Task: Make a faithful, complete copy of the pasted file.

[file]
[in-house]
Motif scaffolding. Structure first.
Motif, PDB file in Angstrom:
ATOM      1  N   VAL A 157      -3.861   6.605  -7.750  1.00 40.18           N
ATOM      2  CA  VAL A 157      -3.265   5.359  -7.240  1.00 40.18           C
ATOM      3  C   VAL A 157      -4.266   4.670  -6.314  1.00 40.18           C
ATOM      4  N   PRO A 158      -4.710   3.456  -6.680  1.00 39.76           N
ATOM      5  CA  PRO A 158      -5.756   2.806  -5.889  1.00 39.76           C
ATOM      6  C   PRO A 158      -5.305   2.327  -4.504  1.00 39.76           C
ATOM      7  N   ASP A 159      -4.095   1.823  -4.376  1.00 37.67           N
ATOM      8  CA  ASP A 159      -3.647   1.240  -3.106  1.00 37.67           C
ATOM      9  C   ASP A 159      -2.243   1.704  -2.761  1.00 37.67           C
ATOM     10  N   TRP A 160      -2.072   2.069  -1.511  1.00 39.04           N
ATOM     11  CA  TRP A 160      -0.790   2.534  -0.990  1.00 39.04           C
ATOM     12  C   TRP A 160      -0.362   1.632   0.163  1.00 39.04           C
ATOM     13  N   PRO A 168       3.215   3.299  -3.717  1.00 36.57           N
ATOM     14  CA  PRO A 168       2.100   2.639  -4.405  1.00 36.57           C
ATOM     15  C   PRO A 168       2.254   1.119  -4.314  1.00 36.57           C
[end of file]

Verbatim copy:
[in-house]
Motif scaffolding. Structure first.
Motif, PDB file in Angstrom:
ATOM      1  N   VAL A 157      -3.861   6.605  -7.750  1.00 40.18           N
ATOM      2  CA  VAL A 157      -3.265   5.359  -7.240  1.00 40.18           C
ATOM      3  C   VAL A 157      -4.266   4.670  -6.314  1.00 40.18           C
ATOM      4  N   PRO A 158      -4.710   3.456  -6.680  1.00 39.76           N
ATOM      5  CA  PRO A 158      -5.756   2.806  -5.889  1.00 39.76           C
ATOM      6  C   PRO A 158      -5.305   2.327  -4.504  1.00 39.76           C
ATOM      7  N   ASP A 159      -4.095   1.823  -4.376  1.00 37.67           N
ATOM      8  CA  ASP A 159      -3.647   1.240  -3.106  1.00 37.67           C
ATOM      9  C   ASP A 159      -2.243   1.704  -2.761  1.00 37.67           C
ATOM     10  N   TRP A 160      -2.072   2.069  -1.511  1.00 39.04           N
ATOM     11  CA  TRP A 160      -0.790   2.534  -0.990  1.00 39.04           C
ATOM     12  C   TRP A 160      -0.362   1.632   0.163  1.00 39.04           C
ATOM     13  N   PRO A 168       3.215   3.299  -3.717  1.00 36.57           N
ATOM     14  CA  PRO A 168       2.100   2.639  -4.405  1.00 36.57           C
ATOM     15  C   PRO A 168       2.254   1.119  -4.314  1.00 36.57           C